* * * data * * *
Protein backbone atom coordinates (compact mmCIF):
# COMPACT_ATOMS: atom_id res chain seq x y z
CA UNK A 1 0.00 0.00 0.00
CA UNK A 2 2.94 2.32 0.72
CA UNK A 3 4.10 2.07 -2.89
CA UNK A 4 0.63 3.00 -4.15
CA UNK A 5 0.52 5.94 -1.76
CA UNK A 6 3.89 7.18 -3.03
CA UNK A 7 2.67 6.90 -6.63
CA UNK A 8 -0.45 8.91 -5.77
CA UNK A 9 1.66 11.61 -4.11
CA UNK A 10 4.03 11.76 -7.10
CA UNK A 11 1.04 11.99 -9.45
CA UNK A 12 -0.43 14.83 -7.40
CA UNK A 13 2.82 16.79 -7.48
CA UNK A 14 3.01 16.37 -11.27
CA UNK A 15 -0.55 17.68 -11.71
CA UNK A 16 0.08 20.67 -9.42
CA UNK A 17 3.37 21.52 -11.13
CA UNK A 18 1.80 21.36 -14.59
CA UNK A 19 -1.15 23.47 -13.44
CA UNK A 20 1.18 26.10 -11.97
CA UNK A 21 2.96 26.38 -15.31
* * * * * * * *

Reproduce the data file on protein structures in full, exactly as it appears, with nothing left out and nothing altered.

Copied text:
Protein backbone atom coordinates (compact mmCIF):
# COMPACT_ATOMS: atom_id res chain seq x y z
CA UNK A 1 0.00 0.00 0.00
CA UNK A 2 2.94 2.32 0.72
CA UNK A 3 4.10 2.07 -2.89
CA UNK A 4 0.63 3.00 -4.15
CA UNK A 5 0.52 5.94 -1.76
CA UNK A 6 3.89 7.18 -3.03
CA UNK A 7 2.67 6.90 -6.63
CA UNK A 8 -0.45 8.91 -5.77
CA UNK A 9 1.66 11.61 -4.11
CA UNK A 10 4.03 11.76 -7.10
CA UNK A 11 1.04 11.99 -9.45
CA UNK A 12 -0.43 14.83 -7.40
CA UNK A 13 2.82 16.79 -7.48
CA UNK A 14 3.01 16.37 -11.27
CA UNK A 15 -0.55 17.68 -11.71
CA UNK A 16 0.08 20.67 -9.42
CA UNK A 17 3.37 21.52 -11.13
CA UNK A 18 1.80 21.36 -14.59
CA UNK A 19 -1.15 23.47 -13.44
CA UNK A 20 1.18 26.10 -11.97
CA UNK A 21 2.96 26.38 -15.31